Claims the new IR laws will close the gender pay gap and strengthen equal pay laws are welcome. But, as Mary Merkenich and Sarah Hathway argue, the laws will divide workers and weaken the Better Off Overall Test.
The gender pay gap — a measurement of gender equality in the workplace — is growing. Andrea Bortoli reports.
Appallingly, women who have made history make up just 1% of all of Victoria’s statues. Darren Saffin argues why it is important to support a statue of feminist unionist Zelda D'Aprano.
Disabled people can be paid as little as $2.54 per hour. Shaun Bickley urges candidates, companies and others to support equal pay for equal work.
Two hundred people took part in the International Women’s Day protest organised by Hunter Workers' Women's Committee. Kathy Fairfax reports.
Jake Johnson takes a look at how the US women’s football (soccer) team was driven by their struggle for equal pay, and used their Cup win to escalate the fight.
An estimated 7000 childcare workers took industrial action by walking off the job around Australia on September 5 to demand equal pay.
More than 6000 early childhood educators walked off the job on March 27 for the third time in 12 months to demand equal pay. In addition, more than 30,000 parents made other arrangements for their children, or kept them at home, to stand in solidarity with childcare workers.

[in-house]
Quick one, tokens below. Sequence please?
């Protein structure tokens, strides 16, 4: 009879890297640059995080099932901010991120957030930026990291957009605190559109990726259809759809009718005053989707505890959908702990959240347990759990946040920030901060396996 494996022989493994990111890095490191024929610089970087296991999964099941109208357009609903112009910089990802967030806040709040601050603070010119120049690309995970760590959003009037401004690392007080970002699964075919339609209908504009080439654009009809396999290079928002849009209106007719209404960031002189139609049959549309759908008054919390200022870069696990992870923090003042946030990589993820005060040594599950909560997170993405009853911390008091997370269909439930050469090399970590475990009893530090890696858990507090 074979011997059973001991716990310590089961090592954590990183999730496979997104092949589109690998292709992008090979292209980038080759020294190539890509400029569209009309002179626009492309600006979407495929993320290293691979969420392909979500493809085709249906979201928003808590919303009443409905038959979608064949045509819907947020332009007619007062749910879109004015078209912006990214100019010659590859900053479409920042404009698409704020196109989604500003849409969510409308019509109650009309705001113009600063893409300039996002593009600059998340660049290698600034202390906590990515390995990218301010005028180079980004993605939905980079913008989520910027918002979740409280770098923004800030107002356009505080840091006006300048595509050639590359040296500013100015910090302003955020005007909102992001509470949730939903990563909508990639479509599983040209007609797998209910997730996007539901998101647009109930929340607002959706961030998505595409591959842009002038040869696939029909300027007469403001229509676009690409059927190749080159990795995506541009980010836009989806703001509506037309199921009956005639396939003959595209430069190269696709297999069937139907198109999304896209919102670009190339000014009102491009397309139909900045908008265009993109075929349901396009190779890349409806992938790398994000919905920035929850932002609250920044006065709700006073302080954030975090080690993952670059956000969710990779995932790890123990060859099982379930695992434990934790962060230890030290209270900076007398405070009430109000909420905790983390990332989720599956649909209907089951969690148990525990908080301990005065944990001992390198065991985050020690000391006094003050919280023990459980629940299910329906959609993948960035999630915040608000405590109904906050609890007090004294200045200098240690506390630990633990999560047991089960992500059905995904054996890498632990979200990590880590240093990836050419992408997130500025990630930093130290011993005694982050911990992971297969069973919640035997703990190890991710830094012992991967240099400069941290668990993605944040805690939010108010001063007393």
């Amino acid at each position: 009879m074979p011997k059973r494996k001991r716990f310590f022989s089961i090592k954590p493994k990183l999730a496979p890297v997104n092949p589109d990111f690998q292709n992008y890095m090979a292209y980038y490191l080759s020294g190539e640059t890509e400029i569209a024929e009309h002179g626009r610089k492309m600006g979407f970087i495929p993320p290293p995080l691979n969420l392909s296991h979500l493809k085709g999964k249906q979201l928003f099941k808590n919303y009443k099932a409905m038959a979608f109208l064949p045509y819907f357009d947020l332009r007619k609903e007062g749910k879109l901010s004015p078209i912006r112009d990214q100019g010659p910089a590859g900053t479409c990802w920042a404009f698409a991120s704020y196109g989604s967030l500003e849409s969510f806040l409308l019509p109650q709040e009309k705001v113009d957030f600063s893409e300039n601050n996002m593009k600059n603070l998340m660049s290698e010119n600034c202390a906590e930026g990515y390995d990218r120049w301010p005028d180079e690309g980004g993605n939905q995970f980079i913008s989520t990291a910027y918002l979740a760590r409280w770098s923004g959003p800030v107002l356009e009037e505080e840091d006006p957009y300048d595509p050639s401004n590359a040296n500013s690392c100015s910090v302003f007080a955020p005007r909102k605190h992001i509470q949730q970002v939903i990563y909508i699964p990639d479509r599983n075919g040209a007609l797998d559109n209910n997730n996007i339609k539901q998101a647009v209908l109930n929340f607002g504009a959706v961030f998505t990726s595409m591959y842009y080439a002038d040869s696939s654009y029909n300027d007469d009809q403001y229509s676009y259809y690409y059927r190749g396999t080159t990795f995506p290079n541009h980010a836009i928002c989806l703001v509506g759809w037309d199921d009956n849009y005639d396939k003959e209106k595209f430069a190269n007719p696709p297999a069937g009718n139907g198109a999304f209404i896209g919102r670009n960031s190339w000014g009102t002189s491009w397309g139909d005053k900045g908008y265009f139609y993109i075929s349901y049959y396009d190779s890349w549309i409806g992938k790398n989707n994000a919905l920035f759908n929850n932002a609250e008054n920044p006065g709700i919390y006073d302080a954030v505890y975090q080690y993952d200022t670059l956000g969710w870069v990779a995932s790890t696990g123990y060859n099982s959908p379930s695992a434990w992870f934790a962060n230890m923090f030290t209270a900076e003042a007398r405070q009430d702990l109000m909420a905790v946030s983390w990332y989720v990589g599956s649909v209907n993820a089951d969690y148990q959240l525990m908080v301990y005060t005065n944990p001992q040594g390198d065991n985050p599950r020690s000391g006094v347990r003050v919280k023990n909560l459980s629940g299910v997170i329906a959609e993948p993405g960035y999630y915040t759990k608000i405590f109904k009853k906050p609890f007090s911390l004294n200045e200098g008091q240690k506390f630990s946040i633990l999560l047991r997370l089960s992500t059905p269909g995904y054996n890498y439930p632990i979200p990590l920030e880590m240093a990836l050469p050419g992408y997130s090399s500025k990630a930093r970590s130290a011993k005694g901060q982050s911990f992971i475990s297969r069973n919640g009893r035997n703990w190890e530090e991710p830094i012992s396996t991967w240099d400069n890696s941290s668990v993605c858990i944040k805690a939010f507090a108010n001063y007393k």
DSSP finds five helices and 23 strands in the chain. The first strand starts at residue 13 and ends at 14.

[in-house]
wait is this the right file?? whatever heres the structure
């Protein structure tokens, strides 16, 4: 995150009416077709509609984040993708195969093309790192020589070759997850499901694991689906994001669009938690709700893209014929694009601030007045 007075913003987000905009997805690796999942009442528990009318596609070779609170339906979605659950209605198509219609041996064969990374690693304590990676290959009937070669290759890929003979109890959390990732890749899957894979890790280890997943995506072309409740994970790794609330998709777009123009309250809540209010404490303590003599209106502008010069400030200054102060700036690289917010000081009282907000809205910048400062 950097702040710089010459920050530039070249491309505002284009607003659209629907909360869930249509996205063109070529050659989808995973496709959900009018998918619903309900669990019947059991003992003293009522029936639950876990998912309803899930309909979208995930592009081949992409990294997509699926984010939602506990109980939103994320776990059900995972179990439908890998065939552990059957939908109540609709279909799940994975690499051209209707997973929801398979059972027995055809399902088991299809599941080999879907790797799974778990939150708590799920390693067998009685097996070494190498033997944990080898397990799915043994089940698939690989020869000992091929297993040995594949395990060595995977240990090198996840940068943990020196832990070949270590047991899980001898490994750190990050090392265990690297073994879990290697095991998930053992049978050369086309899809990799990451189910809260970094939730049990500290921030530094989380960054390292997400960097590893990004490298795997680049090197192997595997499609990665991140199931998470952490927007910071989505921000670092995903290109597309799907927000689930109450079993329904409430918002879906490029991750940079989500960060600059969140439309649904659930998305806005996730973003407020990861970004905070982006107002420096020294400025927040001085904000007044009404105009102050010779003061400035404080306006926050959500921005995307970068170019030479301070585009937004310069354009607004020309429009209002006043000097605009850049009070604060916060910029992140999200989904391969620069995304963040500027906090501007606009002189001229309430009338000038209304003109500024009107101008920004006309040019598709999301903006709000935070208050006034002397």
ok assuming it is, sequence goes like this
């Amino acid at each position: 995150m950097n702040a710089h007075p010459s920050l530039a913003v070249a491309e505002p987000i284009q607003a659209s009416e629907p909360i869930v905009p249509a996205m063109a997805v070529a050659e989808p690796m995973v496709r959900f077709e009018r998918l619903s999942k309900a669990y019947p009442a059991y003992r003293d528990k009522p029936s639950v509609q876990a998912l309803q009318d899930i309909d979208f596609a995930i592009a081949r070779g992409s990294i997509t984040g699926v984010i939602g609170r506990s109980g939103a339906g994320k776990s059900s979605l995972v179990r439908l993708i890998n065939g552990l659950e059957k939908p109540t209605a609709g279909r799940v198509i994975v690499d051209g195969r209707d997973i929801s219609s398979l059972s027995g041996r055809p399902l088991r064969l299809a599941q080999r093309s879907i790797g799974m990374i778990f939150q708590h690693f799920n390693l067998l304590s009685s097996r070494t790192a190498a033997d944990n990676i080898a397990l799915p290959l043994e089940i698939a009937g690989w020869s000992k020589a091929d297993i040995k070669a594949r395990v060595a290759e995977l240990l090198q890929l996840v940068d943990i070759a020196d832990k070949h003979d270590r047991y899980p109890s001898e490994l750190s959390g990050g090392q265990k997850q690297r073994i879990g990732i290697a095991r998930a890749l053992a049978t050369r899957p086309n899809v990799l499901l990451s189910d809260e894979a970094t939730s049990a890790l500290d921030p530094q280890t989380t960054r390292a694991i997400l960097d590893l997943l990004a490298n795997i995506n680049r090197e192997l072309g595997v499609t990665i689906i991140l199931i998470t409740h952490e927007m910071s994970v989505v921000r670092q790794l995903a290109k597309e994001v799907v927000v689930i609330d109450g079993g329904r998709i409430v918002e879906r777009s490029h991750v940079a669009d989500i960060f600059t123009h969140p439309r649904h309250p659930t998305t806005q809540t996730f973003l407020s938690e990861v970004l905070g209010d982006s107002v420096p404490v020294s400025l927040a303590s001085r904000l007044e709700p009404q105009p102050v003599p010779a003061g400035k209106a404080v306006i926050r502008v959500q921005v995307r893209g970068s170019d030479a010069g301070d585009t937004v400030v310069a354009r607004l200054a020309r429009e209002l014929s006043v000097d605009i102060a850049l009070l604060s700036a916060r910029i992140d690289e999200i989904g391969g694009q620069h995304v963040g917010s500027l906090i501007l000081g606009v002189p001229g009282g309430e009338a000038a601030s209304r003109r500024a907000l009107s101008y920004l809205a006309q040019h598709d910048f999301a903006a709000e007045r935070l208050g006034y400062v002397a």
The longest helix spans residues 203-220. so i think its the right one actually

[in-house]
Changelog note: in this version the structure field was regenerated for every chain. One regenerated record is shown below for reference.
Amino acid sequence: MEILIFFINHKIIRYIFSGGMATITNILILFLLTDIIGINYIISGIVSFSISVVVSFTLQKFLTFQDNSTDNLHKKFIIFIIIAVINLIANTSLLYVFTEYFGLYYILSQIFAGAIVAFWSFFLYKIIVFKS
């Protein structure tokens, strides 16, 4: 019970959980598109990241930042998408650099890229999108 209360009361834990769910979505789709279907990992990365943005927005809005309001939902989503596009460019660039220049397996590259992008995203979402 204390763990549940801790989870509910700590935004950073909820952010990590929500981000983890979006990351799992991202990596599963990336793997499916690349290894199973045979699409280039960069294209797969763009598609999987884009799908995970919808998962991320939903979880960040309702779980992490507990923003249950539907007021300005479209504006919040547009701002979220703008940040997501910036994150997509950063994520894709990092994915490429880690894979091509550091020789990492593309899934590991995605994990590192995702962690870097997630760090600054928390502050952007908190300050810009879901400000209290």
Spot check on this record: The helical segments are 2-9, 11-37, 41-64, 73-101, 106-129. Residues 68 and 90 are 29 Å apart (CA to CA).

The walk-off was part of a nationwide day of action called by the workers’ union United Voice prompted by the failure of the federal government to act on equal pay. Early childhood educators are among the lowest paid professionals in Australia.
The fact that Barnaby Joyce has been forced to step down from the leadership of the Nationals is a good thing. Not so good was Prime Minister Malcolm Turnbull's reframing of the former deputy PM's wrongdoings in terms of a paternalistic, sexual moralism.
Rather than address Joyce’s abuse of parliamentary privilege to ensure his partner maintained her well-paid media advisor job and questions over Joyce’s expenditure claims for travel and accommodation, Turnbull decided to play the moral card.
Communist and feminist Zelda D’Aprano became the symbol of the fight for equal pay when, in October 1969, she chained herself to the Commonwealth Offices in Melbourne, after becoming frustrated at the lack of pay equity for women.
D’Aprano was employed by the meatworkers union, which was involved in a test case on the gender pay gap in the meat industry before the Commonwealth Conciliation and Arbitration Commission. At the time, women’s participation in the workforce was 38% and they were paid 75% of men’s wages for doing the same work.
Early childhood educators, from Cairns to Hobart and from Perth to Townsville; from big cities like Sydney to the smallest like Launceston, walked off the job on September 7 to demand equal pay.
The childcare workers’ strike on International Women’s Day caused me to reflect on the long journey towards equal pay and my personal experience over 50 years of my working life.
My first job as a student was as a conductor on Sydney buses from 1964 to 1966. Bus conductors and teachers were the only jobs that paid women the same rates as men, because there were “manpower” shortages in these industries. However, it was not until late 1966 that women conductors could be promoted to drivers.
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